Results in Figure 2 also indicate that some swelling occurs as a result of wetting at low

Geo-Congress 2013

Geo-Congress 2013 ASCE 2013

338

stress levels whereas collapse occurs at higher stress levels.

Downloaded from ascelibrary.org by Queen's University Libraries on 05/04/13. Copyright ASCE. For personal use only; all rights reserved.

TABLE 1. BBM Model Parameters used in FLAC Simulations


p0*
Model
G

s
k
r
M
(MPa)
Parameters (MPa)
RSa
10
1
0.2 0.02
0.2
0.008 0.6 0.75
b
CK
3.3
0.82 0.14 0.015 0.055 0.01 1.24 0.26
a
RS: Reference soil (Alonso et al. 1990) used for model verification
b
CK: Compacted kaolin (Josa et al. 1988) used in numerical example

(MPa-1)
12.5
16.4

NUMERICAL EXAMPLE
After the implementation of the BBM in FLAC was verified, the model was used to
study wetting-induced deformations of an example embankment model. A compacted
kaolin soil with well-documented properties (Josa 1988) was selected as the
compacted fill of the example embankment. The compacted kaolin was low to
moderately plastic (wP = 26.9%, wL = 38.7%; USCS Classification: ML). The BBM
model parameters for the compacted kaolin were calibrated by Alonso et al. (1990) as
summarized in Table 1.

Model Grid, Boundary Conditions and Modeling Procedure


The example embankment was 10 m high with a 1V:2H slope. The foundation soil
was assumed to be the same as the embankment fill with a thickness of 5 m in a
saturated condition. Figure 3 shows the finite difference grid of the embankment
geometry in the example. The side boundaries of the model were fixed in the
horizontal direction but allowed for vertical displacement of the embankment. The
bottom boundary was fixed in both horizontal and vertical directions.
The embankment soil was modeled using the BBM with an initial suction value of
200 kPa for which the soil at the foundation level of the embankment was slightly
overconsolidated. A Mohr-Coulomb model was used for the foundation soil with a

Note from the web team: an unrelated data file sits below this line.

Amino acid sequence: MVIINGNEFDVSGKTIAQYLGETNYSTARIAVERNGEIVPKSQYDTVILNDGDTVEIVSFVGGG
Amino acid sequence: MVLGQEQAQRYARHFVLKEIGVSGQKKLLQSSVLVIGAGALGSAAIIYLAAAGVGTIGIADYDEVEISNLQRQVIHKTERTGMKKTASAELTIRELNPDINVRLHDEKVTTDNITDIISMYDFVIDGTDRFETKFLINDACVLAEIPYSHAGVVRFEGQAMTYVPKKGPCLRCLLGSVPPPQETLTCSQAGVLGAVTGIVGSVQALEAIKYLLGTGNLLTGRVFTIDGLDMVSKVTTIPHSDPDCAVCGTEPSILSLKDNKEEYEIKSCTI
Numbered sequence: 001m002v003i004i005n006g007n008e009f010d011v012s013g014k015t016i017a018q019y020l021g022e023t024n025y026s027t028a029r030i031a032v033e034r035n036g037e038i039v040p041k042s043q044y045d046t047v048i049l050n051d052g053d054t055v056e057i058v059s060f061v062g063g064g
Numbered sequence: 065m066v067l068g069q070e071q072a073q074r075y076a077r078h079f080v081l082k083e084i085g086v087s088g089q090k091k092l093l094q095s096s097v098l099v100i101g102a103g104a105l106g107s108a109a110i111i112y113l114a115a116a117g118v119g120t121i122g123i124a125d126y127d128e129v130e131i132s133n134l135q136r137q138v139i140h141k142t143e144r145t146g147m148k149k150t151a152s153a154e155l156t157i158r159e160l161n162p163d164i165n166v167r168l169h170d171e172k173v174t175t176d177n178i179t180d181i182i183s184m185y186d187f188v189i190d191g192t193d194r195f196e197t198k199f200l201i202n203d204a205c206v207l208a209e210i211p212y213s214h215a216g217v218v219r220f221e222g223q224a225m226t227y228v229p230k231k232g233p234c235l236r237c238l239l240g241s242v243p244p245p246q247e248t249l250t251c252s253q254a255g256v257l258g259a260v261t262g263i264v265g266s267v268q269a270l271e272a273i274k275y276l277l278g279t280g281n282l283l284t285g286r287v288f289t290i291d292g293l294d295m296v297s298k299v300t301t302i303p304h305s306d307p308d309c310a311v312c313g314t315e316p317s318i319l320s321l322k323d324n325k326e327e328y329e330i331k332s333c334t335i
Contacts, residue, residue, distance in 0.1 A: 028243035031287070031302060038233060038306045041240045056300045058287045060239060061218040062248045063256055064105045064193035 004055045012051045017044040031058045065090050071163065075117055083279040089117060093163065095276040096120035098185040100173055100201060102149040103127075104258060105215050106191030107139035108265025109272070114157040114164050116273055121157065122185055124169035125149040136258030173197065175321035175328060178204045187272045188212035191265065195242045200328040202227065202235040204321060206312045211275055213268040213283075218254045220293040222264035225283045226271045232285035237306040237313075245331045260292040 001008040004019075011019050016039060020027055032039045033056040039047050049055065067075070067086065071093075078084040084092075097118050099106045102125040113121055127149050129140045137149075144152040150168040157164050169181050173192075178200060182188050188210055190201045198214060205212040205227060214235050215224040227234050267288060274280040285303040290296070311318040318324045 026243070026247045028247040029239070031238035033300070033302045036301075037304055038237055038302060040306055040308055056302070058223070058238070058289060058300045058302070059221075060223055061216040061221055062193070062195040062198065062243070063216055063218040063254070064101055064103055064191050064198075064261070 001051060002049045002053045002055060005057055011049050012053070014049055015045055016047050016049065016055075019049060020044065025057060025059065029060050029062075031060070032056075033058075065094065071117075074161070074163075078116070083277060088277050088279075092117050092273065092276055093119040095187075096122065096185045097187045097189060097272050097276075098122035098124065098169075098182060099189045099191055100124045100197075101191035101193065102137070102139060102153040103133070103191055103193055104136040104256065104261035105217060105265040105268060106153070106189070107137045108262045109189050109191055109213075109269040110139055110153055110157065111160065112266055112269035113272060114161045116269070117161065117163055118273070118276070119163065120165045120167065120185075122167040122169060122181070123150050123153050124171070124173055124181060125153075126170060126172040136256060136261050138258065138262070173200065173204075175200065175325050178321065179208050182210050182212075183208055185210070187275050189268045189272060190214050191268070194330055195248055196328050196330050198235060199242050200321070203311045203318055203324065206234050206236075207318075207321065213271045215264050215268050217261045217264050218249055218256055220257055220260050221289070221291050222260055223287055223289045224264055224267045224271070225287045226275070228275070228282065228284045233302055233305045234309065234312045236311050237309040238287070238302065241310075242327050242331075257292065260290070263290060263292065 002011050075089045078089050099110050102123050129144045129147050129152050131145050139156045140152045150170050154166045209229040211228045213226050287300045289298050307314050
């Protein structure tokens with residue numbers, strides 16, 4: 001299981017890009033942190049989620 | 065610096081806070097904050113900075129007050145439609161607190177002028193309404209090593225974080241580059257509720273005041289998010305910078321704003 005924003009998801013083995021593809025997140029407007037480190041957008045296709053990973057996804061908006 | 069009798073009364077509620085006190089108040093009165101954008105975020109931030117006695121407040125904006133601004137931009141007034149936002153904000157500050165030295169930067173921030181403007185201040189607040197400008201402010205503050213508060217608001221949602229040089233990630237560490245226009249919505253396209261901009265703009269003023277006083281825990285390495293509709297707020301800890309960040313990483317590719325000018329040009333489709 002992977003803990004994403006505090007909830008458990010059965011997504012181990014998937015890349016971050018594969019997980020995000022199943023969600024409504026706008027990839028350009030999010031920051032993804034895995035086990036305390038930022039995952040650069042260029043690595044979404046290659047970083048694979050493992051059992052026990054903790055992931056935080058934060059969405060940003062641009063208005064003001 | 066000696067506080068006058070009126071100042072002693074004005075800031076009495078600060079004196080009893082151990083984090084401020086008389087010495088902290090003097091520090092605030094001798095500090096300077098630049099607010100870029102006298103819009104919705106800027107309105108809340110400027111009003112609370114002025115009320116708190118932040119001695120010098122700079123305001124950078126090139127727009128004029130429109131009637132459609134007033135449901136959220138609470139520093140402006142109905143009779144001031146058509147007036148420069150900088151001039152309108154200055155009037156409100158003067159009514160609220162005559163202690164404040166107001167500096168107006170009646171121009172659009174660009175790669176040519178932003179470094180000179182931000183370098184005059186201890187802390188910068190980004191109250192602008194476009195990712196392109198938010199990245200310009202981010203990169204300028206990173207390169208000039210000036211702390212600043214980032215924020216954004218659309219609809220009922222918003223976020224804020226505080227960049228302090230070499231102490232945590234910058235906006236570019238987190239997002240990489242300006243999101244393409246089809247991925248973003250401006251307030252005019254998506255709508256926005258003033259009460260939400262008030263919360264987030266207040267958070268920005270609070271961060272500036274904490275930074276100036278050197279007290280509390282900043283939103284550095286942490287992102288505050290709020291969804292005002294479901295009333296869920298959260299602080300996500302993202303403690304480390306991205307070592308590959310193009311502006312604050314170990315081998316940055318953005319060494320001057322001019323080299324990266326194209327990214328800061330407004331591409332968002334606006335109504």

saturated friction angle of 21.1. In the first stage of analysis, the foundation soil was
brought to equilibrium under gravitational stresses. The 10 m embankment fill with an
initial suction value of 200 kPa was then constructed on the foundation soil by 5 lifts
and the deformations of the entire model under gravity loading were calculated.
Finally, the wetting-induced deformation of the embankment was calculated by
decreasing the soil suction to zero to represent a completely saturated condition as the
worst-case scenario for the embankment design.

Geo-Congress 2013

Downloaded from ascelibrary.org by Queen's University Libraries on 05/04/13. Copyright ASCE. For personal use only; all rights reserved.

Geo-Congress 2013 ASCE 2013

339

FIG. 3. Finite Difference (FLAC) Grid of the Example


Embankment-Foundation Model
Results and Discussion
Figures 4 and 5 show displacement vectors in the embankment-foundation model
at equilibriums under self-weight loading and full saturation stages, respectively.
Under self-weight loading, the settlement at the top of the embankment at its centerline
is 51 mm. After the embankment becomes fully saturated, the settlement at the top
(centerline) reaches 154 mm. The wetting-induced deformation in this paper is defined
as the deformation due to wetting beyond the magnitude attained after self-weight
equilibrium. Hence, the predicted wetting-induced settlement at the top of the
embankment at its centerline is 103 mm. Results in Figure 5 indicate that not only the
magnitudes of the displacement vectors increase as a result of wetting, but also the
displacement vectors of the embankment slope tend to move outward. The horizontal
displacement at the toe of the embankment slope reaches 64 mm as compared to a
mere 10 mm under self-weight loading. Excessive lateral deformation of the slope
could result in slope failure. In the example shown in Figure 5, the wetting-induced
horizontal displacement of the embankment slope is fairly large, which indicates a
high probability of embankment slope failure.

FIG. 4. Displacement Vectors in the Embankment under Self-Weight Load (m)

Geo-Congress 2013

Downloaded from ascelibrary.org by Queen's University Libraries on 05/04/13. Copyright ASCE. For personal use only; all rights reserved.

Geo-Congress 2013 ASCE 2013

340

FIG. 5. Displacement Vectors in the Embankment after Full Saturation (m)


Figure 6 shows velocity vectors and a contour map of shear strain rates within the
embankment following full saturation. The velocity vectors in the embankment also
indicate the tendency of the slope to move outward. The magnitudes of shear strain
rate within the embankment show a coalescing potential slip surface, which together
with a zone of larger strains at the top of the embankment, indicates that the